A powerful collection of photographs tells some of the personal stories of the Ukraine war and opens a window into the lives of those caught up in the conflict.
A front-line wedding between a married couple named Alla and Oleksandr is among the moments of war captured by Kostyantin and Vlada Lebrov.
The bride surprised “everything” on his birthday in the military position by waking the soldier before the ceremony was held by a priest at a local church.
His companions, still in military gear, watched as the pair took their vows in an “incredible” moment that came amid the unit’s fight against the invading Russian forces.
The Liberovs’ family said on their website that she later joined her new husband in an unspecified area and wanted to join the Ukrainian armed forces to be by his side.
The paparazzi describe the marriage, during which Alaa tried an anti-tank weapon, as “another incredible love story born out of this terrible war.”
In a card to her love, Alaa wrote: “You are my everything, you are my life.”
In another touching photo, a soldier takes a selfie as a missile explodes in the sky from behind him.
The comrade in another picture shows the everyday nature of war, holding a watermelon and pointing his thumb up as another missile explodes in the sky.
The couple also captured the loss, savagery, and savagery of an all-out invasion, as they gained the trust of their military and humanitarian connections.
In another time-lapse photo, two fighter jets tour the funeral of a military pilot in the central city of Vinnytsia, about a month after the war.
In the war-torn city of Irpen, fear, shock and relief were captured on the faces of the victims as they evacuated at the beginning of April.
Photojournalists have also documented the horrific aftermath of the brutal Russian occupation of population settlements north of Kyiv, including Irpin and Bucha.
A corpse covered in wood rags appears during forensic work by a team in biohazard suits in a hero city, synonymous with Russian war crimes.
The despair of the devastation wrought by Moscow’s forces is etched on the face of a man standing among the ruins of his home in a village near Avdiivka in the eastern Donbass region.
But the hope and determination of the Ukrainians also give shape.
General Dmitro Marchenko, who has defended Ukraine since 2014 in battles such as the defense of Donetsk airport, appears full of determination as the couple portrayed him.
Kostiantyn and Vlada used their extensive network of contacts across the country to more closely reach people’s lives and frontline areas beyond the confines of other media.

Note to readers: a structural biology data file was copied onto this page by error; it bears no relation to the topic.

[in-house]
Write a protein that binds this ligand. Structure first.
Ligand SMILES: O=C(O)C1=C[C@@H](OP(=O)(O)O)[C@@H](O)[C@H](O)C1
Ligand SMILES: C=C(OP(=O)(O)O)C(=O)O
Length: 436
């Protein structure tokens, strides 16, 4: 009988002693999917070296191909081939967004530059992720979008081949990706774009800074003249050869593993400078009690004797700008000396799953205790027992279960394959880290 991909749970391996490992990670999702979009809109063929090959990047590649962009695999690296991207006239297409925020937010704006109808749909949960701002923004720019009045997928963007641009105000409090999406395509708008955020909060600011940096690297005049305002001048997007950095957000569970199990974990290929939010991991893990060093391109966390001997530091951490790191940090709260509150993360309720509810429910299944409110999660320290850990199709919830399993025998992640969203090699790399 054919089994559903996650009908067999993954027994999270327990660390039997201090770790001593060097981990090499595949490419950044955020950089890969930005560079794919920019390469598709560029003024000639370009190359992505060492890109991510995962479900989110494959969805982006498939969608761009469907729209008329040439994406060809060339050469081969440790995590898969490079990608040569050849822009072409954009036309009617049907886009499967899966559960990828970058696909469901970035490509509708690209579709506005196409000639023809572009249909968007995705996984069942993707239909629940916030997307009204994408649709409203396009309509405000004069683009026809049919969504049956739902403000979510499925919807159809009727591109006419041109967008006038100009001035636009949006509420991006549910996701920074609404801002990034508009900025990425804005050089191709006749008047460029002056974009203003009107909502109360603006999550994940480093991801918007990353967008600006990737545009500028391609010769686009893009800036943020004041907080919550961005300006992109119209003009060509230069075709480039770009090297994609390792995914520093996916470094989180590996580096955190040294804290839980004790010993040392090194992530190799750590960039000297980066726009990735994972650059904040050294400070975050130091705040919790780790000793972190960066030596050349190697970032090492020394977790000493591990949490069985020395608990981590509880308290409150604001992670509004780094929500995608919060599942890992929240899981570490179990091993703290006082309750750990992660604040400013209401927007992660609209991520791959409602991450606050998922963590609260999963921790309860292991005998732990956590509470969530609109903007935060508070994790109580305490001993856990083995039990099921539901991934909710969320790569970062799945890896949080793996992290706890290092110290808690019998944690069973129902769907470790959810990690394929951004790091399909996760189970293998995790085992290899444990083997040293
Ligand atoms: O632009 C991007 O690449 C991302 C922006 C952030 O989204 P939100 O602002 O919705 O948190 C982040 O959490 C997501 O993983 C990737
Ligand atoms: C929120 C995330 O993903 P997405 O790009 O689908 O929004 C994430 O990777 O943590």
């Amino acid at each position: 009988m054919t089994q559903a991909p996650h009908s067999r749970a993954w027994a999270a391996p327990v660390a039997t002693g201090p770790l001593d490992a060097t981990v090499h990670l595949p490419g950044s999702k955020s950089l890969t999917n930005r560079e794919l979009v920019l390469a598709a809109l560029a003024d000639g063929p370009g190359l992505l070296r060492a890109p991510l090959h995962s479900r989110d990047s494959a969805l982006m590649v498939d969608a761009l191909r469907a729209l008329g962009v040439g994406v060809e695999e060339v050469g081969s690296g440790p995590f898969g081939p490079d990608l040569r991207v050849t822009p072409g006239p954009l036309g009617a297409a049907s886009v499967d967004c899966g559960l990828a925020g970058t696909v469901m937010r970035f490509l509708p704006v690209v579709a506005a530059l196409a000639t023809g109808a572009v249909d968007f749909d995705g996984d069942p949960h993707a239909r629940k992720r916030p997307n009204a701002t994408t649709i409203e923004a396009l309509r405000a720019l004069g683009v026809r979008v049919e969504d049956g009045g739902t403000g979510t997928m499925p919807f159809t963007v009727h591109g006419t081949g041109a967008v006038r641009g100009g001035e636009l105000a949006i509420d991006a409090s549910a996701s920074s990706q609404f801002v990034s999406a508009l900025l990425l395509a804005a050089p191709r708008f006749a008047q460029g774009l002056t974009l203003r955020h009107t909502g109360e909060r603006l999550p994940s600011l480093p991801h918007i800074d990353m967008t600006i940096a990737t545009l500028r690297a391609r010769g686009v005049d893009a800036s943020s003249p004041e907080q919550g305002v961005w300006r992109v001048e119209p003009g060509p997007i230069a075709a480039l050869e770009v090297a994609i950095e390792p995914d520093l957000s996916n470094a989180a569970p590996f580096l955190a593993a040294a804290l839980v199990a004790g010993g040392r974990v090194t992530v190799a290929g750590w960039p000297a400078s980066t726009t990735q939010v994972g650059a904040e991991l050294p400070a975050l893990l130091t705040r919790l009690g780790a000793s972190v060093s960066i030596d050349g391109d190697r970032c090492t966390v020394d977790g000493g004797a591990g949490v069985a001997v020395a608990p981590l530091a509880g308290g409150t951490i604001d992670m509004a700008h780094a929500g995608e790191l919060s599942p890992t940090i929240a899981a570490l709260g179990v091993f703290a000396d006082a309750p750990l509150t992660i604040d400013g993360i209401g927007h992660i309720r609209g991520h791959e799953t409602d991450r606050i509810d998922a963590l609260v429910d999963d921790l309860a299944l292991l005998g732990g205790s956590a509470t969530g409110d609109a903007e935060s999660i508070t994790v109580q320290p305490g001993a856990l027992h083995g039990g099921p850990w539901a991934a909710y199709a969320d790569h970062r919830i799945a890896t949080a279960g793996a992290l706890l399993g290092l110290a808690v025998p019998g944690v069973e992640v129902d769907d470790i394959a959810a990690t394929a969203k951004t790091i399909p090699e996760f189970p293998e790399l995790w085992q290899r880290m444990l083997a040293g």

Traveling extensively, they took pictures in Kharkiv, Severodonetsk, Lyschansk, Mykolaiv, and many small towns that are daily bombarded by Russian troops.
Photos of the Liberovs family – along with other photos taken by photographers covering the war in Ukraine – will be shown at an outdoor rally in Manchester on Saturday.
The collection of about 20 large photographs includes unfiltered photographs documenting the torture and killing of civilians by Russian forces and their proxy forces.
Alina Kostropitska, 32, a refugee who was a wedding announcer and TV journalist in Kyiv, is one of the organizers of the Ukrainian community in Manchester.
Alina, who is staying with a British host family in the city, told Metro.co.uk that gatherings take place every Saturday, with this week’s event including a photo exhibition where people will upload large photos by Liberovs and others along. The road to Piccadilly Gardens.
“We want to send a message that this is our tragedy, and we do not want the world to turn the page and forget the war,” she said. Ukrainians cannot turn the page because this is our life, in our homes, with pictures showing the cruelty of Russia, the terrorist and the aggressor.
“The message is that the war is not over yet.”
I know Kostiantyn from Ukraine through his work as a wedding photographer.
When he decided to take pictures of the war we were touched by his courage and powerful images of not only events but people, stories and feelings.
“My opinion is that you can look at people’s souls through his pictures.”
The rally is being held as part of the #manchesterstandswithukraine campaign and also includes works by Yevhenii Zavhorodny from Ukraine and Dmytro Kotyukh from Estonia.
One goal is to make sure the world continues to see the full truth of war.
Alina told Metro.co.uk that Instagram and Facebook have removed photos documenting traces of Russian brutality.
“The war in Ukraine is not a sensitive content,” Lebrov said in a letter sent to the organizers.
‘This is a reality. And we have to talk about it loudly and long enough to get enough attention.
“Because yes, the attention, unfortunately, is still not enough.
‘As long as the aggressor is not punished, this is not enough. It is not enough until our homes are rebuilt.
“Until all our lands are liberated and our boys and girls come home alive, there will be absolutely nothing.”
The event takes place from 2pm to 4pm at Piccadilly Gardens. View more photos by Liberovs here
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Source : metro.co.uk